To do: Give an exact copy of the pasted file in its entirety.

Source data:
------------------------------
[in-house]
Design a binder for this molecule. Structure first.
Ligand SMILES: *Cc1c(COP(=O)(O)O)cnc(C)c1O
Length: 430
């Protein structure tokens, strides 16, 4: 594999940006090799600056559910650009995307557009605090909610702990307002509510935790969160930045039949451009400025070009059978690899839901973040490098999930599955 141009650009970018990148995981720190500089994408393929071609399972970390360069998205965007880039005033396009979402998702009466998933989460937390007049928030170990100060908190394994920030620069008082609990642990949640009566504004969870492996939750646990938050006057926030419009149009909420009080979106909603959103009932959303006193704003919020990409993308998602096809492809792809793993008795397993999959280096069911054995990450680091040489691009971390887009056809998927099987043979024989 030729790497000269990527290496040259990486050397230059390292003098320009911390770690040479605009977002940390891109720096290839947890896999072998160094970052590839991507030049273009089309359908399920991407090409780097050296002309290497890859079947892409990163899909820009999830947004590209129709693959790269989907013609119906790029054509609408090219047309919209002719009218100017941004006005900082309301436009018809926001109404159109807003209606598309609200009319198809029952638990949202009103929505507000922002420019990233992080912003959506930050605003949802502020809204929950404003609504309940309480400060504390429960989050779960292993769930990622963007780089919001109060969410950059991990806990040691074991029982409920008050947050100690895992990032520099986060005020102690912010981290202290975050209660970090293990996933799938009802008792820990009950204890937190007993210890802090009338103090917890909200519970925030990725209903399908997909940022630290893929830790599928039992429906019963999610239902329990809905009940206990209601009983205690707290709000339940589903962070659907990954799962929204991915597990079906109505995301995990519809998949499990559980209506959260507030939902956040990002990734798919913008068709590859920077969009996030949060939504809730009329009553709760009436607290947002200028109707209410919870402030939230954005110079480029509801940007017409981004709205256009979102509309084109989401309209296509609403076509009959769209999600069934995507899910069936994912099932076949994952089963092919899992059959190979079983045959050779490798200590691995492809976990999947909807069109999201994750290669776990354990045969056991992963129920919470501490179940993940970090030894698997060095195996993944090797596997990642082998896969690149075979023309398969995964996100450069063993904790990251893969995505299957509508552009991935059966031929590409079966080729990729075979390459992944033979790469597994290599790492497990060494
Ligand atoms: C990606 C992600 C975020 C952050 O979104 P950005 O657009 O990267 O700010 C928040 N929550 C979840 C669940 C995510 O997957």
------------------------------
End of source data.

[in-house]
Design a binder for this molecule. Structure first.
Ligand SMILES: *Cc1c(COP(=O)(O)O)cnc(C)c1O
Length: 430
């Protein structure tokens, strides 16, 4: 594999940006090799600056559910650009995307557009605090909610702990307002509510935790969160930045039949451009400025070009059978690899839901973040490098999930599955 141009650009970018990148995981720190500089994408393929071609399972970390360069998205965007880039005033396009979402998702009466998933989460937390007049928030170990100060908190394994920030620069008082609990642990949640009566504004969870492996939750646990938050006057926030419009149009909420009080979106909603959103009932959303006193704003919020990409993308998602096809492809792809793993008795397993999959280096069911054995990450680091040489691009971390887009056809998927099987043979024989 030729790497000269990527290496040259990486050397230059390292003098320009911390770690040479605009977002940390891109720096290839947890896999072998160094970052590839991507030049273009089309359908399920991407090409780097050296002309290497890859079947892409990163899909820009999830947004590209129709693959790269989907013609119906790029054509609408090219047309919209002719009218100017941004006005900082309301436009018809926001109404159109807003209606598309609200009319198809029952638990949202009103929505507000922002420019990233992080912003959506930050605003949802502020809204929950404003609504309940309480400060504390429960989050779960292993769930990622963007780089919001109060969410950059991990806990040691074991029982409920008050947050100690895992990032520099986060005020102690912010981290202290975050209660970090293990996933799938009802008792820990009950204890937190007993210890802090009338103090917890909200519970925030990725209903399908997909940022630290893929830790599928039992429906019963999610239902329990809905009940206990209601009983205690707290709000339940589903962070659907990954799962929204991915597990079906109505995301995990519809998949499990559980209506959260507030939902956040990002990734798919913008068709590859920077969009996030949060939504809730009329009553709760009436607290947002200028109707209410919870402030939230954005110079480029509801940007017409981004709205256009979102509309084109989401309209296509609403076509009959769209999600069934995507899910069936994912099932076949994952089963092919899992059959190979079983045959050779490798200590691995492809976990999947909807069109999201994750290669776990354990045969056991992963129920919470501490179940993940970090030894698997060095195996993944090797596997990642082998896969690149075979023309398969995964996100450069063993904790990251893969995505299957509508552009991935059966031929590409079966080729990729075979390459992944033979790469597994290599790492497990060494
Ligand atoms: C990606 C992600 C975020 C952050 O979104 P950005 O657009 O990267 O700010 C928040 N929550 C979840 C669940 C995510 O997957």